Theatre in Wales

Theatre, dance and performance reviews

Romeo a Juliet

Theatr Genedlaethol Cymru , Aberystwyth Arts Centre , October 29, 2004
The choice of producing a Welsh-language version of Romeo and Juliet was met in Wales with much puzzlement, especially considering that the originalís power stems from the rich language that Shakespeare used, namely that of his own transcending use of English.

It was with more puzzlement therefore as I sat through the performance to note that this production company has attempted to mirror the same language type and structure, translated notably by JT Hughes in the seventies. Surely this is one of those perfect examples of a play meant to be read rather than used. In the act of translating Romeo and Juliet, one understands that the curiosity of the reader stems from how the translator has gone about the task.

It is unlikely that there is hardly anyone on this planet that has access to a theatre, will not know what the story is about. The translation therefore does not open the play to new audiences but rather to perceive itself in a different form.

It is a very strange decision indeed and I am still not sure as to what possible reason this may have had. Romeo and Juliet is near to perfection as any play can get in its original guise and the thousands of productions it has enjoyed is testimony to the vision it creates in production companies and audiences alike. I have seen it in many different forms Ė as an opera, film, art and even a cartoon and each one brought new meaning through the gorgeous language.

What, therefore, can a literal translation offer? It really has no validation. I was dismayed when I heard the proposal for the production but then, I can only assume out of hope, perked up at the possibilities it offered. The setting in Wales gave ample opportunity to stretch the meaning of this boundless play, I can think of dozens of scenarios to which this play could be imprinted which has a relevance to Wales which one would assume would be the main perogative of a Welsh national theatre.

Yet the only glance that this company gave to any kind of dual lordship in Wales was that of graffiti being scrubbed off after the interval, and that graffiti was Saes (in this sense, a derogatory word for an Englishman). An opportunity missed I must say.

The acting was reasonable though a stronger Juliet (Rhian Blythe) might have been advisable, Blythe was very capable, but maybe not for this role. I have always felt that Juliet is the stronger of the two characters and it is she that drives the play, so for her to play second fiddle brings the dynamic of the characters into question, and makes Romeo (Lee Haven Jones) in turn seem like a love-sick schoolboy, rather than an enraptured slave to love and lust.

To this end the relationship between them did not work and the whole crux of the play was lost. Owen Arwyn made a solid attempt at Mercutio, though some lines were lost due to his comic aspirations in the speed of his projection and delivery, but nevertheless a worthy actor to attempt this highly defined character. Christine Pritchard stole the show with her portrayal of the delightful Nurse and offers another insight into her talents, I would dearly love to see her in a proper comic role.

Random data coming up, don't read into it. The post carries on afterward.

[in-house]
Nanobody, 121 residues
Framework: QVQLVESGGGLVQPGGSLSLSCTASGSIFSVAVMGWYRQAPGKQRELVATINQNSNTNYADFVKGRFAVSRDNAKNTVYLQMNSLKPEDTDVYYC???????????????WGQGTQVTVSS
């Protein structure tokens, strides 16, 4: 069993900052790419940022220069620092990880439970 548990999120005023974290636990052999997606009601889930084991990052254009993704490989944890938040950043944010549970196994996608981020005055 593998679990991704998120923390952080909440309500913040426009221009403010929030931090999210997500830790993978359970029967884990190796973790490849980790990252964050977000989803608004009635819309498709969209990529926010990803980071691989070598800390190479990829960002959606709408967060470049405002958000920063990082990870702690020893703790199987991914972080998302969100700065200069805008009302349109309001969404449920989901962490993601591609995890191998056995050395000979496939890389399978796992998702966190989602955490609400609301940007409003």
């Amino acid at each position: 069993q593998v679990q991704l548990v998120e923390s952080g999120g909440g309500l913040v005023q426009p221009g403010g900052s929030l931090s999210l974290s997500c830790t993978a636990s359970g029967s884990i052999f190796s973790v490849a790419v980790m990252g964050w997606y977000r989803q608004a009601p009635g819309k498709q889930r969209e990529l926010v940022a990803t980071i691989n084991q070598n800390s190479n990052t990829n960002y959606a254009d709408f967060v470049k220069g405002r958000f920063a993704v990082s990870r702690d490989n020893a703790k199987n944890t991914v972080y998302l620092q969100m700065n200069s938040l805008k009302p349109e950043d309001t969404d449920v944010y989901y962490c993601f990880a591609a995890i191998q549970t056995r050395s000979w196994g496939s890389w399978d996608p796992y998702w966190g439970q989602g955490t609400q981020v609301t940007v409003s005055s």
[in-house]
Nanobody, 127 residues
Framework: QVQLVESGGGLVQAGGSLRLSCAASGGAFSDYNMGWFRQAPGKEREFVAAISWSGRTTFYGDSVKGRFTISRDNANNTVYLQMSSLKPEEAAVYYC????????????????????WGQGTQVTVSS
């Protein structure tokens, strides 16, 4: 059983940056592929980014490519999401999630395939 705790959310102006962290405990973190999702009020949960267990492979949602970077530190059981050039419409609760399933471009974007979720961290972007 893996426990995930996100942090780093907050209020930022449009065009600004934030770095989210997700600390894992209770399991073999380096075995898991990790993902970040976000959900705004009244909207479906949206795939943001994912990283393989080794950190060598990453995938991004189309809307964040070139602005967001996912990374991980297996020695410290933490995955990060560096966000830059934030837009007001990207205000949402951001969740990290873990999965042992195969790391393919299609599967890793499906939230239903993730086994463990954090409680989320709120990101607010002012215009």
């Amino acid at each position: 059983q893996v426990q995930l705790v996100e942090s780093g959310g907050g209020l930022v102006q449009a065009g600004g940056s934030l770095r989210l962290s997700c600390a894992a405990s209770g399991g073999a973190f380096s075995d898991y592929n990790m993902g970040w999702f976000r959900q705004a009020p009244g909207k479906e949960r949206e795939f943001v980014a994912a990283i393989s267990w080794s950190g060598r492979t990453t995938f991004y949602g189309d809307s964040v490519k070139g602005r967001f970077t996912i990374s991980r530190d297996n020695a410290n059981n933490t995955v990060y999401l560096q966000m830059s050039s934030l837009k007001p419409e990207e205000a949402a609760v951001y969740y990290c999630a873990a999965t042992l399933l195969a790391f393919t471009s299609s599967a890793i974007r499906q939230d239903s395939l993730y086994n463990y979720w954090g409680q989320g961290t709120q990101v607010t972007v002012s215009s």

The direction, however, was neither here nor there, I could see no discernable pattern of movement nor use of space. The sparring of the language should be mirrored in the jousting of the bodies, which was not in evidence. And on this point the actual swordfighting scenes bordered on the comic, and I did hear titters from the audience. My reaction, however, was quite different. If the swordfighting scenes didnít work then why keep them as they are? However, surely a national theatre company can muster talent enough to serve up a tasty sword-fighting scene? At times the actors had their backs to the audience while speaking and occasionally had difficulty in delivering a line without scuffing their feet. The projection of some of the actors was appalling and now and again I really couldnít understand or hear them while others mumbled through lines - it was as though the actors did not want to be on the stage and were embarrassed at what they had to do.

These are not signs of a well-directed play nor did it convey a confidence in the actors. But there were problems from the start, the diminutive Tybalt and Queen Escalus, who had a very manly presence (who mysteriously had a sex-swap in this production) might have done well to swap roles. The predictable chess board lay-out was another major flaw of the production as was the curious delivering of some lines in English.

Romeo and Juliet was the sex, drugs and rockíníroll of its time and you have to honour that by emboldening the passion of the play. Unfortunately, for me, it was a damp squib. The passion was in no way convincing, Romeo at times seemed more attentive to his own vanity and Juliet didnít really get into the role. A plague on both their houses indeed.

Reviewed by: Dafydd Prys

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